Smart grid research by a University of Maine doctoral student is helping grade school educators learn about energy and how to conserve it in their schools and homes.
Ph.D. candidate Anna Demeo, a physics instructor at College of the Atlantic in Bar Harbor, helped develop the prototype of the Smart Energy monitor with funds from the Maine Space Grant Consortium. She and her COA colleague David Feldman received a $95,000 grant in 2010 for smart grid research and energy education. Demeo is completing her doctorate in ocean engineering at UMaine.
A central focus of Demeo’s research is monitoring energy consumption and production on Roque Island in Washington County, Maine, where there are several year-round homes and a farm. Among other findings, the Smart Energy prototype there revealed a persistently high reading on one circuit, helping to identify a pump that was running continuously. As the island moves toward using more renewable electricity, such as solar, Demeo will use the Savant Energy system to turn on and off appliances to reduce demand when production is low and increase demand when there is a surplus. The goal is for the island to decrease reliance on an underwater cable that carries electricity from the mainland and ultimately to become energy-independent.
Another primary focus of Demeo’s doctoral work is energy literacy education. The energy data collected in real time from the monitoring system can serve as a foundation for classroom exercises. Demeo has a passion for developing energy literacy in children and adults – a working familiarity with the basic concepts of energy generation, transmission, measurement, usage and cost. Few people grasp these concepts, she says, which adds to the challenge of energy conservation and the commercialization of alternative energy sources.
It is that kind of hands-on familiarity with electricity use she hopes to foster with the Smart Energy monitor, which recently has been installed in several elementary schools. Demeo will work with teachers to develop grade-appropriate lesson plans using the energy data.
The Smart Energy monitor, now being marketed by Savant Systems of Massachusetts, attaches to a single or three-phase electrical power panel and provides a circuit-by-circuit reading of energy usage. The device can monitor up to 60 electrical circuits at the same time. A prototype, dubbed the GridEye, was tested in Maine on Roque Island, at Reeds Brook Middle School in Hampden, at the Coast Guard station in Southwest Harbor, and at several other locations including the UMaine campus. Several of these sites are now upgrading to the commercialized Savant Smart Energy system.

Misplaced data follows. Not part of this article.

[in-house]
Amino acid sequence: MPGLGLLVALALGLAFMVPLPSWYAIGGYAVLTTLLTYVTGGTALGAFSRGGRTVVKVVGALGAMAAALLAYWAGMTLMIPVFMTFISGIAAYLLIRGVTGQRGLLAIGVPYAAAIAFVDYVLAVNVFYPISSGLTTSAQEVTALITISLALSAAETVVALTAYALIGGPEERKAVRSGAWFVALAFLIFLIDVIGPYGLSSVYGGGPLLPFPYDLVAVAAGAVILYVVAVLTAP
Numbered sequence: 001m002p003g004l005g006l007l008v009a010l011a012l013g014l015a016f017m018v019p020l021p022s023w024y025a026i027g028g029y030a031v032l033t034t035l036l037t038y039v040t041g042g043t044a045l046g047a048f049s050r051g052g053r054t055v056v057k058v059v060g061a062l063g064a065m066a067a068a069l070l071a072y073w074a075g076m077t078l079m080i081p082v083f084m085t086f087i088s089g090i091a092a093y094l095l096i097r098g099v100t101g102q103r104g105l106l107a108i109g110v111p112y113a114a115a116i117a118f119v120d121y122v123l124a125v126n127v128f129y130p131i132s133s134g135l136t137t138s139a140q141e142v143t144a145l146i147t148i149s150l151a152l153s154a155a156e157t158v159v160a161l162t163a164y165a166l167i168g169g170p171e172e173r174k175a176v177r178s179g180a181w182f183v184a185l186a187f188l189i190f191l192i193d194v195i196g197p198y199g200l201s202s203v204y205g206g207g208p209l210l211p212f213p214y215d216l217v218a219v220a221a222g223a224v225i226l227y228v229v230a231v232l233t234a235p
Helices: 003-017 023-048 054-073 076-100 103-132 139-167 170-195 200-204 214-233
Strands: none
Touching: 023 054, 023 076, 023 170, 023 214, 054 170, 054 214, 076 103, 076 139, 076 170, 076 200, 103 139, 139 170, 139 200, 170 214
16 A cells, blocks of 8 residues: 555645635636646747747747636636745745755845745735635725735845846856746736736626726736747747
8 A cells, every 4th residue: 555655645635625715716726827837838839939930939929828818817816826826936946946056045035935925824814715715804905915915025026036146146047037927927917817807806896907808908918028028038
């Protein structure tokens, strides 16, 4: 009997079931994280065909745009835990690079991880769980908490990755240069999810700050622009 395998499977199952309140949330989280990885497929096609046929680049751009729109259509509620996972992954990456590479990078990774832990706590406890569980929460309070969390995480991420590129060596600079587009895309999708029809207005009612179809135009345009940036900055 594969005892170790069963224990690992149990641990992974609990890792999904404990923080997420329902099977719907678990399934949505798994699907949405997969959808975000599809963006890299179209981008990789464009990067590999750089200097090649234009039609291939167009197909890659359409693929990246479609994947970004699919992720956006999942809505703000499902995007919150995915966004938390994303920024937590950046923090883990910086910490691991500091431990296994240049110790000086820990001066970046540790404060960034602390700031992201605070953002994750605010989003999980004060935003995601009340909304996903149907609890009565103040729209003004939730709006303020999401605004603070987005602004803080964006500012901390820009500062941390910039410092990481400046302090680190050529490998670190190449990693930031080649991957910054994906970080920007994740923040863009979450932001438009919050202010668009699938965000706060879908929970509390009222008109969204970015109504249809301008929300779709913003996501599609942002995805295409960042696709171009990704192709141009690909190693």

An early version of the monitor was installed over a year ago at the U.S. Coast Guard station in Southwest Harbor. The station recently updated to the new Smart Energy device. Electrical support supervisor Robert Parker says monitoring has helped reduce energy consumption, most notably in the station’s computer infrastructure.
For example, after reviewing the energy costs associated with storing Coast Guard data on computer hardware, technicians realized they could save thousands of dollars by using Internet-based cloud technology storage instead. The device also helped identify a video monitor that suddenly began drawing significantly more electricity than it should, signaling its impending failure. And, because the energy-use readings are available remotely, Parker says, staff can determine at any time if lights or HVAC equipment inadvertently have been left on anywhere at the station and get them turned off.
Another system is installed in the Sawyer Research Center on the UMaine campus, where it monitors energy use in the large freezers that store ice cores for the university’s Climate Change Institute. UMaine students will analyze the data from the monitor to help the institute reduce its consumption of electricity.
Contact:Meg Haskell, (207) 581-3766